Tom: You know, it’s something I’m surprised more announcers don’t do. They’ll assume a name is pronounced a certain way based on how they’ve heard others say it. The more professional way is to just ask the players “How do you pronounce your name?” It can be tricky with the names of Latino players especially. For Raul Ibanez, once I got his name down I’d say “Rauuuuull Ibanez,” stretching out the name.

The Yankees pitcher, Mike Mussina: I’d always heard his name pronounced “Muh-seen-a,” then one day I went in and asked him, and he said he pronounces it with an “e”-”Mess-seen-a.” For Ichiro, of course he has just the first name on his uniform, and people wonder why I say the full name, Ichiro Suzuki. Well, I asked him how he wanted me to do it, and he said “Ichiro Suzuki.” He wants that.

Players don’t tend to notice so much the way I say their names. The bigger thing with them is the music we play. Some will send up cds to the booth and say, “I want this played.”

There was one catcher a few years ago who, well don’t quote me on exactly who it was, but in the year when there were all those bad Mariners catchers. He’d call up to the booth between innings and say, “Why didn’t you play this? Why did you play that?” And you’d wonder, “Shouldn’t you be paying attention to the game and not the music? Isn’t this why you’re hitting .200?”

Different players like country, hip-hop, rock. One player wanted nothing for his at-bats: he didn’t like the distraction of the music.

(continue to part two)

A Few Questions About the 1995 Mariners for Mike Pagliarulo

I recently had the chance to talk with Mike Pagliarulo, who’s probably better known as a Yankee third baseman in the mid-to-late ’80s than as a Texas Ranger, but he played for the Rangers in 1995, his last season in the majors. I took the opportunity to ask some questions about his impression of the 1995 Mariners as a player with Texas.

Arne: I wondered what you saw in the Mariners that year, and then in September as they made their comeback, whether there was a sense of them having changed from earlier in the season.

Mike: Yes, we had, in the final series there in Texas, we stopped the Mariners from winning the division, won the last two games against them. Johnny Oates, God bless his soul, he was our manager. The Mariners, they were a very well-balanced team, power from the right side, the left side, good pitching, ran the bases very well, they really knew how to play the game. They had dangerous hitters, could score a bunch of runs in a minute.

Arne: What was it like facing Randy Johnson, someone who, at 6-10, he’d be throwing the ball a half-foot higher up than most pitchers. Was it hard to change your eye level and pick up his pitches?

Mike: You have to change, make an adjustment according to the different pitchers, so you’ll see the ball better out of his hand. With a left-hander like Johnson, I’d try to hit everything off the left-field wall. You had to have a plan for the opposition.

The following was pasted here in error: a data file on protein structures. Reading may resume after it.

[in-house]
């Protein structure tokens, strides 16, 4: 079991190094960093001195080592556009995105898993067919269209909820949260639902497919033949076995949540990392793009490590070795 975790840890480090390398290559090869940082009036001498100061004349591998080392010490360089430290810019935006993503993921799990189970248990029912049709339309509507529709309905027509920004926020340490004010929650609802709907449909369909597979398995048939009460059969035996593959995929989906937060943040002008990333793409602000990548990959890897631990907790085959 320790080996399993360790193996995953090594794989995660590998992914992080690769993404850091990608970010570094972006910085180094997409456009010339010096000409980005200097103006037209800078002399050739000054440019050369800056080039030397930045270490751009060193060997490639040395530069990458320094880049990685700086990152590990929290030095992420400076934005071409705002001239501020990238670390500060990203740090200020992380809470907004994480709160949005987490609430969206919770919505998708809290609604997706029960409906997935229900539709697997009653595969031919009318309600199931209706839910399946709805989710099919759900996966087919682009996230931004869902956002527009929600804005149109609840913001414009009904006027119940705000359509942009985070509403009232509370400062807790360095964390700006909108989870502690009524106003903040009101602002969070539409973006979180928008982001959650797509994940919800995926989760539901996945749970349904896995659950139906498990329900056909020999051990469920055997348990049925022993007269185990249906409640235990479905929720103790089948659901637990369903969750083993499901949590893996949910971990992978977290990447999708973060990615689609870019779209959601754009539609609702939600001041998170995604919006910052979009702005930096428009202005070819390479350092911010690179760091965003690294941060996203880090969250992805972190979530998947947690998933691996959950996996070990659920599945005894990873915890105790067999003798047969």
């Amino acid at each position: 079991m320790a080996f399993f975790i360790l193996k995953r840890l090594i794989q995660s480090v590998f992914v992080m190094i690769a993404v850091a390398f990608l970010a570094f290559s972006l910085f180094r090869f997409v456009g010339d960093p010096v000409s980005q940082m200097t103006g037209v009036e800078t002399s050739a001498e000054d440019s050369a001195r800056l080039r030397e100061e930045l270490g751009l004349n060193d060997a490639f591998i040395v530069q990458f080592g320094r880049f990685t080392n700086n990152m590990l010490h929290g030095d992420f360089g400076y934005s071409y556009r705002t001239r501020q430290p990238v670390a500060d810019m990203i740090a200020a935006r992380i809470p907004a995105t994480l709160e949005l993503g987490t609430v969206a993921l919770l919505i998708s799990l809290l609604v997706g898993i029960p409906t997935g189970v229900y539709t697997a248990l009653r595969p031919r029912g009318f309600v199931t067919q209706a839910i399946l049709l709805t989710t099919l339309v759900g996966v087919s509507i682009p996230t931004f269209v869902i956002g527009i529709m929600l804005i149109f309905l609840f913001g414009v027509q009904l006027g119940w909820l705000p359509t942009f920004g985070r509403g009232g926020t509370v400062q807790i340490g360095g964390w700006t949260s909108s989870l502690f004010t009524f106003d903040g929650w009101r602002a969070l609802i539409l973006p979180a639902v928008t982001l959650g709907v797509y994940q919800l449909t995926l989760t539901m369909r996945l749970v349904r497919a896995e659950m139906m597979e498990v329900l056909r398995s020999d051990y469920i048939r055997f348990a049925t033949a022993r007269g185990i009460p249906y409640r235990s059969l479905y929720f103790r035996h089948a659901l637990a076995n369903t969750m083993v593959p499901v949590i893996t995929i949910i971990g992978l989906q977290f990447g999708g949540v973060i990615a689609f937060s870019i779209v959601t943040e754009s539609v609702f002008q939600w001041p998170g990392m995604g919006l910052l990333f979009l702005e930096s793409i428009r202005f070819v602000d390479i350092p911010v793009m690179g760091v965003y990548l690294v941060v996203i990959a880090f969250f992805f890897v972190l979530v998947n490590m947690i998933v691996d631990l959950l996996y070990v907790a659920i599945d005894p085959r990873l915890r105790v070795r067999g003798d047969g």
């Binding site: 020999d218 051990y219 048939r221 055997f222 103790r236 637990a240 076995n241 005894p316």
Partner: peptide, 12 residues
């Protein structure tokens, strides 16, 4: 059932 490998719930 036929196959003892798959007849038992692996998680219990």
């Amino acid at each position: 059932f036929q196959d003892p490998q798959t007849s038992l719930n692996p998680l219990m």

Randy was very deceptive, with a lower arm slot, you fought to pick up the ball. There was always a battle going on, facing him. I’d come up, struggle to see how the ball’s moving, and all of a sudden I’d be saying hey, what the heck, what happened, I’m down 0-1, 0-2.

Arne: That year, you were playing against Lou Piniella, one of your former managers with the Yankees. Could you say something about his qualities as a manager?

Mike: He’s a super guy, just one of the greatest. He’s one of the most brilliant men at teaching hitting mechanics. It was fascinating to play for him with the Yankees. I was fortunate to get the chance to learn from him.

I added a final question about Ichiro. It’s off the 1995 topic, but Pagliarulo played in Japan in 1994, when Ichiro was just beginning to star in the Japan league, and has gone on to run a player evaluation company called Baseline Report that specializes in determining how Japanese players will do in the U.S.

Arne: I remember in 2001 a lot of people were expecting Ichiro to be a mediocre major-leaguer.

Mike: Not us.

Arne: And then he went on to win the MVP. What’s your opinion of why Ichiro was able to transfer over from Japan to the U.S. so smoothly? Is part of the reason simply that the very best baseball players are more able to adjust their skills to a different style of baseball?

Mike: There are certain characteristics about a Japanese player’s personality-the thinking is a little odd, or they’re disciplined, they’re a little weird, unique, their style’s a little different, they move their body a certain way, talking about the mechanics of hitting. All that helps the player adjust to playing here. In Japan the players tend to be low-key, the coaching makes everyone do things the same way, but in the U.S. pitchers have different motions, and you have to adjust to all of them.

Interview With Bob Condotta